Markets in the United States and Europe are down, but plenty of places around the globe are still eager to buy from defense contractors, and those companies that want to be of value to the U.S. Defense Department need to sell worldwide. Maj. Gen. Dennis Moran, USA (Ret.), vice president, government business development, Harris RF Communications, addressed this topic at TechNet Land Forces South in Tampa on Thursday. The general said Australia and other countries in the Pacific region are purchasing new technologies, offering opportunities to vendors hurting from reduced budget cuts to government resources in the West. Gen.
TechNet Land Forces South 2012
The U.S Central Command (CENTCOM) area of responsibility is more tumultuous than ever, and the military leaders overseeing U.S. efforts there actively work to mitigate the major disruptive factors. "The Sunni/Shi'a conflict is our biggest challenge," Maj. Gen. Karl R. Horst, USA, chief of staff, CENTCOM, stated today during his keynote address at TechNet Land Forces South in Tampa, Florida. That friction plays out in the violence of the region. In particular, CENTCOM is focusing on deterring Iran and countering the insurgency in Afghanistan and Pakistan. The top three problems that keep the CENTCOM commander, Gen.
TechNet Land Forces South included the PlugFest event in which three competitors integrated various capabilities to prove the viability of rapid innovation integration. Trophies were handed out today in a special ceremony at the conference. Congratulations to Stephen Guerin from Simtable who won first place for his work on the common operational picture portion of the competition.
Steve Price of Omni Rational Enterprises took second place for his work on the training piece. Edwin Sanchez from Systematic finished third. He worked on the command and control portion.
Unless the U.S. military starts moving toward a cloud and consolidates services, it never will place a network in the field. Brig. Gen. Lawrence Wayne Brock III, USAR, deputy commanding general, 335th Signal Command (Theater), made that statement during his discussion about successes, challenges and the way ahead for in-theater communications at TechNet Land Forces South in Tampa, Florida.
Working together in coalition or interagency environments is hard, even after years of not just talking about it but also operating that way. However, partners must continue working to put the right people, processes and technologies in place to win battles or solve humanitarian problems. During a panel discussion Thursday at TechNet Land Forces South in Tampa, Florida, about teaming with agency partners on reconstruction and beyond, Jim Craft, chief information officer for the Joint Improvised Explosive Device Defeat Organization, stated that, "Evil is creative." Interagency partners much match that creativity to defeat it.
Mobility is the major game-changing trend over the course of the next five years, but securing it will pose a range of challenges. Members of the industry panel today at TechNet Land Forces South in Tampa, Florida, brought out their crystal balls to forecast the communications landscape five years from now and how the defense industry can prepare for the upcoming changes.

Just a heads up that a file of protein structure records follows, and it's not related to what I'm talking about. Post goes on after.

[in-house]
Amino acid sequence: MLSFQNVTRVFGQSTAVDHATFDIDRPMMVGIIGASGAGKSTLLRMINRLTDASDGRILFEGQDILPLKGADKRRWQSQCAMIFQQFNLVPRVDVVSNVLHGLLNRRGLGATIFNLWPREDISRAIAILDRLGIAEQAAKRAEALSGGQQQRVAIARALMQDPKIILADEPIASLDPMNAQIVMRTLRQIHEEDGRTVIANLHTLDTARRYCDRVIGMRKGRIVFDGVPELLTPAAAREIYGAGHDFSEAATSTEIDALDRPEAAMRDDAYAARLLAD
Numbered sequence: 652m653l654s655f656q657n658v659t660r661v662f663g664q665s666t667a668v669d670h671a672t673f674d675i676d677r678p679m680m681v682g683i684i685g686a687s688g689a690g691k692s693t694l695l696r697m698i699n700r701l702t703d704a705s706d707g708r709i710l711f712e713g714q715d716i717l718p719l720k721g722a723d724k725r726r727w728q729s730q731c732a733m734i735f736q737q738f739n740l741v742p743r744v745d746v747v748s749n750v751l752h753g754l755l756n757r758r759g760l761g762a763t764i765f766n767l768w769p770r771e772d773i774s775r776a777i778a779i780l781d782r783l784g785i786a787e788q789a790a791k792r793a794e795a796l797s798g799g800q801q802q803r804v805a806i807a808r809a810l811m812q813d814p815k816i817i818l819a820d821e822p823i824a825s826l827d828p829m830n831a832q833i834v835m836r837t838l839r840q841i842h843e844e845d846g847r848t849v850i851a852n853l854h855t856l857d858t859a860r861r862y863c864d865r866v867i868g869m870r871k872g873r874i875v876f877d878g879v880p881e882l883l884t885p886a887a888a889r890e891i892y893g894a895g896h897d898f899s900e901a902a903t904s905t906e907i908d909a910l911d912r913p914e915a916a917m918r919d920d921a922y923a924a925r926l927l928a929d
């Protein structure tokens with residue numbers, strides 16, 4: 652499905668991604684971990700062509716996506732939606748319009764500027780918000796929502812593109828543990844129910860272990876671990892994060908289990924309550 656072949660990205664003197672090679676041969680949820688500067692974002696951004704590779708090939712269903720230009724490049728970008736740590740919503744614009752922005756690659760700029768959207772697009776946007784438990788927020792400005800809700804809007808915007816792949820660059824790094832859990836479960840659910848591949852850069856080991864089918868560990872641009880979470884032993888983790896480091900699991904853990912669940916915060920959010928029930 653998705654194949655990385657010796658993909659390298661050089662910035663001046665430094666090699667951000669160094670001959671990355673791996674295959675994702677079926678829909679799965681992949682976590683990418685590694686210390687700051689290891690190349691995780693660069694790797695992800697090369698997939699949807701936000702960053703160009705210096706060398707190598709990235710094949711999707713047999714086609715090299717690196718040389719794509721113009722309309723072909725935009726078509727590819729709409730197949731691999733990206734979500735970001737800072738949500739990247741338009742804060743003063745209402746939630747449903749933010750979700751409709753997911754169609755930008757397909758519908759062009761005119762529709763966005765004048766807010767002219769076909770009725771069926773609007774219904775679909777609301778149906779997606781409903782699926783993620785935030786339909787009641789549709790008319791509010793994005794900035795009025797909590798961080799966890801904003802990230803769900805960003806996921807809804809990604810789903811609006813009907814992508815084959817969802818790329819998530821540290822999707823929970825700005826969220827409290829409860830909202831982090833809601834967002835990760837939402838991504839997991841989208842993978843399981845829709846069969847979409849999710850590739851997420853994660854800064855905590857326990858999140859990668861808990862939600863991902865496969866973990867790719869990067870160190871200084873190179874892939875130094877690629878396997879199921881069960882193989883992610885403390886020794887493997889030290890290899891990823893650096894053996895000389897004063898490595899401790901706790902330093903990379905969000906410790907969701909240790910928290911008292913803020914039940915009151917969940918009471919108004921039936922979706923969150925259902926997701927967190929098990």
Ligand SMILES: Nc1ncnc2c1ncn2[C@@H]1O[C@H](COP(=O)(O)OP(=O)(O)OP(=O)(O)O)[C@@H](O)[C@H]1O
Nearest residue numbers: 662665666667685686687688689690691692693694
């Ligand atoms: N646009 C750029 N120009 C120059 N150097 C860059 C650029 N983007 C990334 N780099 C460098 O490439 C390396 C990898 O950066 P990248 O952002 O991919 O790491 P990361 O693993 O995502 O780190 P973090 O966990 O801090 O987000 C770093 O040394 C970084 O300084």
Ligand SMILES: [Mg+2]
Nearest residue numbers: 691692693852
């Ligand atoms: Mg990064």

The U.S. Army has started to use the same faster-upgrades process introduced recently within its brigade combat teams for its information technology (IT) community. Just as Capability Sets 13 and 14 are providing quicker acquisitions for tactical units, the Army's chief information officer (CIO)/G-6 is creating capability sets for small, medium and large posts. The result should be a clearer process for introducing necessary improvements as well as making arguments for the required funds easier.
Coalition successes and challenges in Afghanistan offer opportunities for partners to improve interagency operations in the future. Col. David W. McMorries, USMC, who addressed the crowd at TechNet Land Forces South in Tampa, recently returned from Regional Command Southwest where he served as the C-6. He also filled the role of G-6 for II Marine Expeditionary Force (Forward) and is preparing to assume command of the Marine Corps Networks Operations and Security Center.
The command, control, communications and computers (C4) challenges are numerous for U.S. Special Operations Command (SOCOM), but the organization's effective J-6 has several suggestions about how industry can help. John A. Wilcox, the director of communications systems and chief information officer, SOCOM, laid out these items during a keynote address at TechNet Land Forces South in Tampa, Florida. He also told the audience what keeps him up at night.
Before interagency became the hot buzzword it is today, groups involved in the protection of U.S. borders have banded together to stop illicit goods and individuals from crossing into the country. Technology aids that battle, but it also gives the enemy unprecedented advantages. During a panel focused on interagency cooperation for border security at TechNet Land Forces South in Tampa, Florida, various members of the military and law enforcement communities gave their take on the issue.
For all the consternation caused by the nearly $500 billion cut to the U.S. defense budget, people can rest assured the reductions are manageable and carefully considered, according to Lt. Gen. Bradley A. Heithold, USAF, vice commander, U.S. Special Operations Command (SOCOM), at TechNet Land Forces South in Tampa, Florida. If an additional $500 billion is cut, then he has concerns, he added, as he discussed how special operations forces (SOF) fit into the budget and defense strategy.